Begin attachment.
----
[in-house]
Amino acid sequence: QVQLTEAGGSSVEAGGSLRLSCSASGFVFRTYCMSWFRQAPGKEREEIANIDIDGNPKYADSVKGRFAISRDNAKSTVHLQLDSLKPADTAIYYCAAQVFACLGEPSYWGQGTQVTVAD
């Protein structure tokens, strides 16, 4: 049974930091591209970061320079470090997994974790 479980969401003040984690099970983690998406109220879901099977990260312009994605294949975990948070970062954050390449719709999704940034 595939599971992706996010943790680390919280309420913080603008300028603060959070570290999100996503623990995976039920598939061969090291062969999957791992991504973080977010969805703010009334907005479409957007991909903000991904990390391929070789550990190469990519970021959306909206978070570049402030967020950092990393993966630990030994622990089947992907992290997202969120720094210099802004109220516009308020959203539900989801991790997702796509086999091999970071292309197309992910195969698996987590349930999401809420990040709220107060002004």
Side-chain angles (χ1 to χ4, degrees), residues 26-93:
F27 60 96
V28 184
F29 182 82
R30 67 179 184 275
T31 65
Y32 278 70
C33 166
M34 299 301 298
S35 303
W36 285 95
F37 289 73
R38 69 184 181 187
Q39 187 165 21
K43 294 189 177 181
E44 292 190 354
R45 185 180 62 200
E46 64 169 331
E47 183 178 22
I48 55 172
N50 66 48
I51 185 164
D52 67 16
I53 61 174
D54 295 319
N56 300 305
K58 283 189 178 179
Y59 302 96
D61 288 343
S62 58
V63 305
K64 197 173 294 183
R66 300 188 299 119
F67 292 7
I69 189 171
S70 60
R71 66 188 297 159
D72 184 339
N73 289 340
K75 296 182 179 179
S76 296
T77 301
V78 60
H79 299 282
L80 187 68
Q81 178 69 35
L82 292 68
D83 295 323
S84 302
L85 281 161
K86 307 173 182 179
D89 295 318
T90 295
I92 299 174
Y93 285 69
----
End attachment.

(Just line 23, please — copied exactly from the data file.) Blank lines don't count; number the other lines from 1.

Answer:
I48 55 172